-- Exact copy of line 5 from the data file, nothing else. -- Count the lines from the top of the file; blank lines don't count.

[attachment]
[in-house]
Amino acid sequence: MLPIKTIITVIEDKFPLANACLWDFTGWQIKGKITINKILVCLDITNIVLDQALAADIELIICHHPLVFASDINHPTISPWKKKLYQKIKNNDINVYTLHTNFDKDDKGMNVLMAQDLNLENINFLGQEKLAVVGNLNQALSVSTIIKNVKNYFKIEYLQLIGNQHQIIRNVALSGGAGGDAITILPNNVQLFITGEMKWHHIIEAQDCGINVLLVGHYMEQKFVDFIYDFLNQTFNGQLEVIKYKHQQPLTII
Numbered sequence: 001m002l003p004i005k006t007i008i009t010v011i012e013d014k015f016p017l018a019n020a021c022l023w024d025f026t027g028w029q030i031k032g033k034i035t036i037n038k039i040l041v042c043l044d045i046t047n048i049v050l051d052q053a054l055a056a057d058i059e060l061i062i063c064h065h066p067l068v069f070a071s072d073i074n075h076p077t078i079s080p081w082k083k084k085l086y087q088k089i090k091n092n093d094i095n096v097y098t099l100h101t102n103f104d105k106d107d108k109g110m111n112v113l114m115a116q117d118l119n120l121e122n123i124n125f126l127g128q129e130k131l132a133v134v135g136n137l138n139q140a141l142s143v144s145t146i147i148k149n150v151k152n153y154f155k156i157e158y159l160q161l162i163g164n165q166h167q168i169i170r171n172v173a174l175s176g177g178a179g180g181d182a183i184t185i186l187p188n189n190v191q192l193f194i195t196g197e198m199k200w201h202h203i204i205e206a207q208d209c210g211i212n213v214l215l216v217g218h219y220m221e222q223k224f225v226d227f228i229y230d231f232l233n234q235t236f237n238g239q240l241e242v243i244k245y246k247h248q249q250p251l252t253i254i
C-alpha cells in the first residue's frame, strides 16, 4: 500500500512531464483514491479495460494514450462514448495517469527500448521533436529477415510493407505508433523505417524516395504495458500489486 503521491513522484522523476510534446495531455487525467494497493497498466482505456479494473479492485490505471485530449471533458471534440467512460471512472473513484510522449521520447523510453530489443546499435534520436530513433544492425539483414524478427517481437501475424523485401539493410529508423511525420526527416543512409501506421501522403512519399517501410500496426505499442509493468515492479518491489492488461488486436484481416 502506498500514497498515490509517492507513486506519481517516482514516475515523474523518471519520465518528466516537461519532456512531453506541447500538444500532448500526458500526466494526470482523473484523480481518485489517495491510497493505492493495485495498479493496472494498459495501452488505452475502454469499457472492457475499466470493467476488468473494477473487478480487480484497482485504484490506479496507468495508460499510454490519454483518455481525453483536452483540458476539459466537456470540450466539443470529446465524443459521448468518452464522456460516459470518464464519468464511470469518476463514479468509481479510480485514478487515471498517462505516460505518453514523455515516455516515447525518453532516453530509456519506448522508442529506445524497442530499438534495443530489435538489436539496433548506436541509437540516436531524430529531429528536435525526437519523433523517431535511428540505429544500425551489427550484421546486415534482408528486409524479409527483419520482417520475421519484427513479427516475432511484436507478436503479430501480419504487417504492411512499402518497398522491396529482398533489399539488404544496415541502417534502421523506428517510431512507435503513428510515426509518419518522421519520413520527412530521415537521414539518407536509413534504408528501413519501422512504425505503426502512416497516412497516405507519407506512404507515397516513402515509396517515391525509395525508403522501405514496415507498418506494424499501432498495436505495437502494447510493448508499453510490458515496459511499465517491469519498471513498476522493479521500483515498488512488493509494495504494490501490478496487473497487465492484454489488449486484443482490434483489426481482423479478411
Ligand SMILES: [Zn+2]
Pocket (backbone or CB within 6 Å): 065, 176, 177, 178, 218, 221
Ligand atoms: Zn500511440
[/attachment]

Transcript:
Ligand SMILES: [Zn+2]